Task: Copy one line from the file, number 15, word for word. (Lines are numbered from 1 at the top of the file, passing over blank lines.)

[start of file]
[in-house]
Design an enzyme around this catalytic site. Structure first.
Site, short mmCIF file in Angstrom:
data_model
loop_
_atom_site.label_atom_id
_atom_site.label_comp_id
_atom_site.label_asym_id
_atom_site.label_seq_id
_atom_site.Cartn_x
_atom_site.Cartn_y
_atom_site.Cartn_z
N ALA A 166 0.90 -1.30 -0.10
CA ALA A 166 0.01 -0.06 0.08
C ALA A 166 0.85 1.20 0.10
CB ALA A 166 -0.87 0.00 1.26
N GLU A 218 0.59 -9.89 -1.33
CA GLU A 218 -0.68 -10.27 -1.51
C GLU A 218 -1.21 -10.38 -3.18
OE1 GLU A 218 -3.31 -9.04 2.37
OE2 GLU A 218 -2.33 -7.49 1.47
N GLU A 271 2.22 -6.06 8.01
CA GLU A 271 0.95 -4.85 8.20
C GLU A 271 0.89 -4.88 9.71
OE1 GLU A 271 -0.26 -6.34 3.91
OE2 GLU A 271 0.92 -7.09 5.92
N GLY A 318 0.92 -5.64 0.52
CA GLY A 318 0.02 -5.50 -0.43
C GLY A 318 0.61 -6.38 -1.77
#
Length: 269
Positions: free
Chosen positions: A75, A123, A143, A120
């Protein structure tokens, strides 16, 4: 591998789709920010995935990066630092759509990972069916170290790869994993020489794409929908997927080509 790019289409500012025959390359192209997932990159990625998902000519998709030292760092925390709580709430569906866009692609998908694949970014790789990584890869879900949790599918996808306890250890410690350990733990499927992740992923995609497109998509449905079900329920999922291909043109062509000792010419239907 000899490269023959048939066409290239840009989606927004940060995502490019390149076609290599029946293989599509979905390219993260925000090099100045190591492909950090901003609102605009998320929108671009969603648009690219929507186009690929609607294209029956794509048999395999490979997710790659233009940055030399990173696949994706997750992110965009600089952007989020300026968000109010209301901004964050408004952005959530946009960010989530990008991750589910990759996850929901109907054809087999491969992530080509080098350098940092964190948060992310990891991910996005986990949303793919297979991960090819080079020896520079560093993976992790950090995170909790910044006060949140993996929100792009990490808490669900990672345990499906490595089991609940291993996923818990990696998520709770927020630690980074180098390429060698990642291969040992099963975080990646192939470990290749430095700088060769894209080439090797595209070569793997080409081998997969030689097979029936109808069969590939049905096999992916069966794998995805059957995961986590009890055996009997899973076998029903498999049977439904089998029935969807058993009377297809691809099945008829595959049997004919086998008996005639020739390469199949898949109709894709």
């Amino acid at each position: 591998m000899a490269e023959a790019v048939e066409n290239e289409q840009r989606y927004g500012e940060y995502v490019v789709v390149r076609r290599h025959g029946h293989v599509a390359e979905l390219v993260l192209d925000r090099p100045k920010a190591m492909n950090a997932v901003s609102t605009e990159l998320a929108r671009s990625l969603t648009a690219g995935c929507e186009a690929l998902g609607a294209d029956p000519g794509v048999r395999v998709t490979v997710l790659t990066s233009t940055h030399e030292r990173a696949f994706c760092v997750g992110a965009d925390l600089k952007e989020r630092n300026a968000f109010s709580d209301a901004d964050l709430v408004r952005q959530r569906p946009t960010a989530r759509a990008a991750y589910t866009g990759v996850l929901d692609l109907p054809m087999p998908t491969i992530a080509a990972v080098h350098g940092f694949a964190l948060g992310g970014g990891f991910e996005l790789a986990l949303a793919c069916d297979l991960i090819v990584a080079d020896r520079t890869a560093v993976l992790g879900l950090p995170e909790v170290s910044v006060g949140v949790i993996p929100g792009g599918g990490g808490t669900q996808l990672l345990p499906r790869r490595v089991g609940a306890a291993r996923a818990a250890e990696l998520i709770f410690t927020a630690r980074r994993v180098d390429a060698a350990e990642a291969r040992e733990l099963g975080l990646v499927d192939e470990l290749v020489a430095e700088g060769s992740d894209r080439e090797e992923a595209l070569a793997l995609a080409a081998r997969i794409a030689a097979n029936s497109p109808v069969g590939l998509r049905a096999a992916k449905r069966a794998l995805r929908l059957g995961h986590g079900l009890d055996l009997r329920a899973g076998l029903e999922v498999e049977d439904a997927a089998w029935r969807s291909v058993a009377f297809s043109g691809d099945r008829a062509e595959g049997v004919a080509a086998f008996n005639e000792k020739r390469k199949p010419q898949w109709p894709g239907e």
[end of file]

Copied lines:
C ALA A 166 0.85 1.20 0.10